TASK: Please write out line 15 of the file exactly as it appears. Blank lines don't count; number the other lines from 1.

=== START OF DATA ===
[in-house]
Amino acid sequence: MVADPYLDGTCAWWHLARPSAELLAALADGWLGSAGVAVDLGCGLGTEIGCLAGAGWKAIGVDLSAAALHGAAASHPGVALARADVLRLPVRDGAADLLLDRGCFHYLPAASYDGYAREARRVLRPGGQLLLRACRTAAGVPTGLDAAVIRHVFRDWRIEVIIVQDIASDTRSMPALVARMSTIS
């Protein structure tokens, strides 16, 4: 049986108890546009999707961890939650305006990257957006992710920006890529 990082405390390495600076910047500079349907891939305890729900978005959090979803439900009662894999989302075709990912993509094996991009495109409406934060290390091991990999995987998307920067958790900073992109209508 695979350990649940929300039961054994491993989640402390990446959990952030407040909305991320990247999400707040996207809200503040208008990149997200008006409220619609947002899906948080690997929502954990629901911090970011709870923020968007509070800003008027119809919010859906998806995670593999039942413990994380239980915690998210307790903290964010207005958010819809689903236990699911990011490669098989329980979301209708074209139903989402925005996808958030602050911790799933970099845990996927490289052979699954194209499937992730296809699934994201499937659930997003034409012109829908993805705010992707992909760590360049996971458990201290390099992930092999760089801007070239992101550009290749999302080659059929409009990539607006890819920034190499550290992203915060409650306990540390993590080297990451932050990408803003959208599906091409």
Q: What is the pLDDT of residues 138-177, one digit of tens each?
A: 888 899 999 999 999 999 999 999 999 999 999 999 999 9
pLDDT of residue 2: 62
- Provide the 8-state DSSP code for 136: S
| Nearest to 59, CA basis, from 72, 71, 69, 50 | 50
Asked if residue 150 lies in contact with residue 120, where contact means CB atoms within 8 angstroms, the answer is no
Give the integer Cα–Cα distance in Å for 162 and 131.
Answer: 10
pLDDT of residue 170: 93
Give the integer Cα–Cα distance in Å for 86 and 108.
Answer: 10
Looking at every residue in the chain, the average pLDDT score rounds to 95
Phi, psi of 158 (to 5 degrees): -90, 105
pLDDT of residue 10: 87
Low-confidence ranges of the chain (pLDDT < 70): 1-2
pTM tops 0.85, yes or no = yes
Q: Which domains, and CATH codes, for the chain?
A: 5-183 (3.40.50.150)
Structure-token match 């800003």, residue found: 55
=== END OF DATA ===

Looking at every residue in the chain, the average pLDDT score rounds to 95